By: Gabbi Gard


Photo supplied by Starchild Stela

We got a chance to talk to artist Starchild Stela and discuss their work and what inspires them!

Stela is a Montreal-based feminist artist mainly known for their street art. They grew up in a low income home where they realized that art is a luxury—a luxury that was like therapy to them. They were able to get through their trauma and identify as a survivor. Around five years ago, they began including feminist slogans in their illustrations and took off on Tumblr, gaining a lot of attention. Since this, Stela has continued to evolve, gaining even more fans. They tackle topics such as trauma, gender identity and queerness all whilst having a very soft aesthetic. They recently put out a new zine titled “Trauma Castle,” and we get to know more about it and their work from the artist themself.

Your new zine “Trauma Castle” is about trauma and survival. What exactly is it about D.I.Y. zines that creates a medium to express trauma?

STELA: I’m not sure how I got involved with zines…. It’s been quite a few years since I read them. Reading zines such as “Telegram” or “Mend My Dress” resonated with me when I had depressive phases. There are all kinds of zines for all kinds of stories. There are also all kinds of zines highlighting comics or illustration. Zines can be limited in their quantities and can be distributed in limited circles. It took me a while to distribute mine because of their personal content. It does feel a bit safer than sharing my stories online. Since my writing is not very formal, the format makes it comfortable. The process of writing zines is often therapeutic for me. There [are] no guidelines or rules. “Trauma Castle” was really hard for me, it’s my most personal zine so far. Talking about child abuse is not easy. I think most of my friends never really understood where all my anger came from, I’m still processing situations that happened over 20 years ago. Healing is not linear; zines are some tool[s] I’ve found helpful.

What influences your artwork? What exactly drove you into this style? How has your style changed over time?

STELA: I’m not sure, it’s just a reflection of my larger lifestyle. I love pastel colors and softness. I think I’ve always been drawn towards these specific aesthetics. My current influences are textiles, ’80s and ’90s toys, as well as gift wrapping papers from the ’70s to early ’90s.

Your work is filled with magical girl imagery, pastel colours and big, expressive eyes. What is it about this aesthetic that you believe makes it a strong vehicle to explore important intersectional feminist issues, like gender expression, queerness and rape culture?

STELA: I don’t make my aesthetics and messages an artist statement. It’s who I am. I’m very sincere and coherent with my taste. I don’t know if it’s a strong vehicle, honestly I make art that makes me feel good and I try to work towards a certain soothing aesthetic. I like soft, pastel colors and the words and messages reflect where I’m at, what I’m thinking about. I can only speak for myself. I address issues that are affecting my daily life. Eventually, I want to create larger projects which will directly involve survivors. It’s interesting because I think for many conventional or institutional art spaces, my work is perceived as unprofessional because of its soft-toned nature…. That’s why D.I.Y. and the internet are the ways I picked to expose my projects.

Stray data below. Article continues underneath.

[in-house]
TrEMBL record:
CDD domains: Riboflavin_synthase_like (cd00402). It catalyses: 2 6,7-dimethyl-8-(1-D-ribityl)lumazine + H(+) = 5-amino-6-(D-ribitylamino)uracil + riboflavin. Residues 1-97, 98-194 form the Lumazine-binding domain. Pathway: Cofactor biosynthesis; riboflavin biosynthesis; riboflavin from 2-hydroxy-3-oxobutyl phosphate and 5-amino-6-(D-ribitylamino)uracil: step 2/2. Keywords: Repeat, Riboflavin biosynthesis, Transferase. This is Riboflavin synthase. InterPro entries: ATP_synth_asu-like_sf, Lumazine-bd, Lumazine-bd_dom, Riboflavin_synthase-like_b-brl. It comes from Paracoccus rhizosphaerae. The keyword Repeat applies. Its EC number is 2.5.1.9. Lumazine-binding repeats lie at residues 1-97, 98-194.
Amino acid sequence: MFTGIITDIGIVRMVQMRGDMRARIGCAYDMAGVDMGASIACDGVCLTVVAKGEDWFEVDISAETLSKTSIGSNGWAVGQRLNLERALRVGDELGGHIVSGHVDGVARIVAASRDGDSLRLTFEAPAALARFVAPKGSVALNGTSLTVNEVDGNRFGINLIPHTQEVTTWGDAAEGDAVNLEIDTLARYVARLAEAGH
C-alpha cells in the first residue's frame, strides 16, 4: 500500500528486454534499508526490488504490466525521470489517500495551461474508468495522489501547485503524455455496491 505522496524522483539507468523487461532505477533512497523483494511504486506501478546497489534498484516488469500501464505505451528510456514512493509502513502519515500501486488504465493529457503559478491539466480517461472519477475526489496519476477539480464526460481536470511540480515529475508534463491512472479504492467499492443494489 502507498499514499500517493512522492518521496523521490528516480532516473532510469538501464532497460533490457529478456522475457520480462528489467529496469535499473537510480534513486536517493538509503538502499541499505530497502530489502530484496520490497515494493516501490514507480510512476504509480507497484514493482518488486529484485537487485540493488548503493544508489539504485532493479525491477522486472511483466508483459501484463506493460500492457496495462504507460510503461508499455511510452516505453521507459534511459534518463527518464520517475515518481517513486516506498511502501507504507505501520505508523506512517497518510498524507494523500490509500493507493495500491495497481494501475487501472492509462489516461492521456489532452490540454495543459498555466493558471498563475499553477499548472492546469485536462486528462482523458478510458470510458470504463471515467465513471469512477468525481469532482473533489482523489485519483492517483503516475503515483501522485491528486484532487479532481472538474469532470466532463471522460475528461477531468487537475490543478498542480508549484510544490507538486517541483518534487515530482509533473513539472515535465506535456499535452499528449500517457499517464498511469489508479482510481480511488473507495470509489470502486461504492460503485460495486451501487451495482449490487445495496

When wandering around Montreal, street art seems to be such a huge part of its urban identity. Why do you think that is? What specifically about Montreal draws you to cover its streets in your art?

STELA: I think Montreal as a ‘street art city’ is overrated. I’ve grown up with graffiti being an inherent part of the city. I like its former rawness and the overall vibe of traditional graffiti bombing. However, I think curated murals are destroying the landscape; they highlight a division between artists; it speaks a lot about privileges and what is socially acceptable. Murals in Montreal are a tool for gentrification and nothing less. Illegal graffiti can also be read within these lines; so often it is linked with the trendiness of an area nowadays… Not sure where I fit in. I’ve been in that scene for over 10 years so it’s hard to dissociate myself from it, but at this point I’m not super active in the streets. I paint mostly freights. I don’t know, that’s just something I’ve been doing, that’s what people did in my circle back then, I got hooked and I will never not love it, although the city is evolving in very shitty ways. Unfortunately, I don’t have a great political motivation to do it, it’s a passionate thing that only people who graff can understand. The messages it comes with are a reflection of my daily life, and as long as rape culture is alive I’ll probably speak up about it.

This article was originally published on our old website at